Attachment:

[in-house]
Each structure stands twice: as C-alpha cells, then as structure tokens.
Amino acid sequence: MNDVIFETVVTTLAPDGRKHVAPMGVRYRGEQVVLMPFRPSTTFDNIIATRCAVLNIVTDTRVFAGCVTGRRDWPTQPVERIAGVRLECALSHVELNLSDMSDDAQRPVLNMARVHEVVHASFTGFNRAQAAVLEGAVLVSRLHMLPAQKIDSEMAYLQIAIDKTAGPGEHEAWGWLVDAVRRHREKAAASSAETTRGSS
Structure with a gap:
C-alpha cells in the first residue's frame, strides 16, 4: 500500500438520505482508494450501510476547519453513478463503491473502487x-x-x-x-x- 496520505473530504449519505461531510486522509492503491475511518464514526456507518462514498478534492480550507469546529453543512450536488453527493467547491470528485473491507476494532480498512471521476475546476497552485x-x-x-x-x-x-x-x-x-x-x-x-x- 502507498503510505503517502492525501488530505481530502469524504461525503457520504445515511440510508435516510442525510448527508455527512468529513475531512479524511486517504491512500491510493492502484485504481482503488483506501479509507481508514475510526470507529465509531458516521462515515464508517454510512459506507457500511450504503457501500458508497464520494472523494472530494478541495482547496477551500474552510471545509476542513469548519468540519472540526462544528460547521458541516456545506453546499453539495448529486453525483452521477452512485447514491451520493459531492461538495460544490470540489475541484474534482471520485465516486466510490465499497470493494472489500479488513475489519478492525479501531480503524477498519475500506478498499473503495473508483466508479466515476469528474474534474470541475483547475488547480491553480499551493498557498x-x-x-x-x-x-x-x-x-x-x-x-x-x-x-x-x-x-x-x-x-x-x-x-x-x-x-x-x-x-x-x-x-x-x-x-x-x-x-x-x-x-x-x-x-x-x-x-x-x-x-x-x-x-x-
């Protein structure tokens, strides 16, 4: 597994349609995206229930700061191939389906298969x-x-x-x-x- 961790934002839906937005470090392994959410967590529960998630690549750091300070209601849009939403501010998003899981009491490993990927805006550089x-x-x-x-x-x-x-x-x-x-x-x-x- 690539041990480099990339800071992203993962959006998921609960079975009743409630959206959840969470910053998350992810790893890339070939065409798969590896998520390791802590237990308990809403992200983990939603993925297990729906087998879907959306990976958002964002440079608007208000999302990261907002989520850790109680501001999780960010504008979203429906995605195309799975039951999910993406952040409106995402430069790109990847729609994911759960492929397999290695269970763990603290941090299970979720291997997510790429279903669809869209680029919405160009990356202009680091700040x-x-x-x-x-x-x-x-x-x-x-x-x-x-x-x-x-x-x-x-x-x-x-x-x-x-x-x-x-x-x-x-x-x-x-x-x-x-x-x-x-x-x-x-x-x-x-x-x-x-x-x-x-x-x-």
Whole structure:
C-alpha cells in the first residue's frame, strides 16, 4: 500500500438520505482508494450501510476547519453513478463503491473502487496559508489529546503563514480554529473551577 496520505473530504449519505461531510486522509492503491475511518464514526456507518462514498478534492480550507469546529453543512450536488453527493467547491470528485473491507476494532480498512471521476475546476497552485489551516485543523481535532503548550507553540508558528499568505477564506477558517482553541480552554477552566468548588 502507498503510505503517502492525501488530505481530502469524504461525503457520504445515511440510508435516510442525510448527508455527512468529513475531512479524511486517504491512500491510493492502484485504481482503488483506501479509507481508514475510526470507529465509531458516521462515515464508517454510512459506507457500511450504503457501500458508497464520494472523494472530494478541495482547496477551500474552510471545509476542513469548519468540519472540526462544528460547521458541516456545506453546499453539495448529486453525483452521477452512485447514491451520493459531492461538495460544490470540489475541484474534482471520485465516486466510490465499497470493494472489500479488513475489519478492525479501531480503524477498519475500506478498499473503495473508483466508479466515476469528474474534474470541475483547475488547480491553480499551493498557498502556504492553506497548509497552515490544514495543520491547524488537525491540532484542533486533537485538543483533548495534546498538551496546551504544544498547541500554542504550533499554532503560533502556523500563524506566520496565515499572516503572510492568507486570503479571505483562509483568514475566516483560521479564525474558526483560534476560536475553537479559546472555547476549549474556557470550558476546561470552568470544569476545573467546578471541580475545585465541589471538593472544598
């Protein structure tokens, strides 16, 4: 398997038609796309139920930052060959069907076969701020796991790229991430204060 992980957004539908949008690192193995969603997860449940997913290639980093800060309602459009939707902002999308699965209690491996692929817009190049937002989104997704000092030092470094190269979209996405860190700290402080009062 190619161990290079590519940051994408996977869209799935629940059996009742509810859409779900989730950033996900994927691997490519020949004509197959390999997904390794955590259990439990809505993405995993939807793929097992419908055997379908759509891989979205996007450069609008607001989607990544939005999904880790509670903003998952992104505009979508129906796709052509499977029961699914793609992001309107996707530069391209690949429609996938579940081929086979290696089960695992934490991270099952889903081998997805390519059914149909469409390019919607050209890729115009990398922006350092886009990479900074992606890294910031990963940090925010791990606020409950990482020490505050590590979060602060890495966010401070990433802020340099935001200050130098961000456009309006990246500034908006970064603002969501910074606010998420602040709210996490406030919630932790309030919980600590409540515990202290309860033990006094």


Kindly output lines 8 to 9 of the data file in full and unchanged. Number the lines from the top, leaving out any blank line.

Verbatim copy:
C-alpha cells in the first residue's frame, strides 16, 4: 500500500438520505482508494450501510476547519453513478463503491473502487496559508489529546503563514480554529473551577 496520505473530504449519505461531510486522509492503491475511518464514526456507518462514498478534492480550507469546529453543512450536488453527493467547491470528485473491507476494532480498512471521476475546476497552485489551516485543523481535532503548550507553540508558528499568505477564506477558517482553541480552554477552566468548588 502507498503510505503517502492525501488530505481530502469524504461525503457520504445515511440510508435516510442525510448527508455527512468529513475531512479524511486517504491512500491510493492502484485504481482503488483506501479509507481508514475510526470507529465509531458516521462515515464508517454510512459506507457500511450504503457501500458508497464520494472523494472530494478541495482547496477551500474552510471545509476542513469548519468540519472540526462544528460547521458541516456545506453546499453539495448529486453525483452521477452512485447514491451520493459531492461538495460544490470540489475541484474534482471520485465516486466510490465499497470493494472489500479488513475489519478492525479501531480503524477498519475500506478498499473503495473508483466508479466515476469528474474534474470541475483547475488547480491553480499551493498557498502556504492553506497548509497552515490544514495543520491547524488537525491540532484542533486533537485538543483533548495534546498538551496546551504544544498547541500554542504550533499554532503560533502556523500563524506566520496565515499572516503572510492568507486570503479571505483562509483568514475566516483560521479564525474558526483560534476560536475553537479559546472555547476549549474556557470550558476546561470552568470544569476545573467546578471541580475545585465541589471538593472544598
């Protein structure tokens, strides 16, 4: 398997038609796309139920930052060959069907076969701020796991790229991430204060 992980957004539908949008690192193995969603997860449940997913290639980093800060309602459009939707902002999308699965209690491996692929817009190049937002989104997704000092030092470094190269979209996405860190700290402080009062 190619161990290079590519940051994408996977869209799935629940059996009742509810859409779900989730950033996900994927691997490519020949004509197959390999997904390794955590259990439990809505993405995993939807793929097992419908055997379908759509891989979205996007450069609008607001989607990544939005999904880790509670903003998952992104505009979508129906796709052509499977029961699914793609992001309107996707530069391209690949429609996938579940081929086979290696089960695992934490991270099952889903081998997805390519059914149909469409390019919607050209890729115009990398922006350092886009990479900074992606890294910031990963940090925010791990606020409950990482020490505050590590979060602060890495966010401070990433802020340099935001200050130098961000456009309006990246500034908006970064603002969501910074606010998420602040709210996490406030919630932790309030919980600590409540515990202290309860033990006094």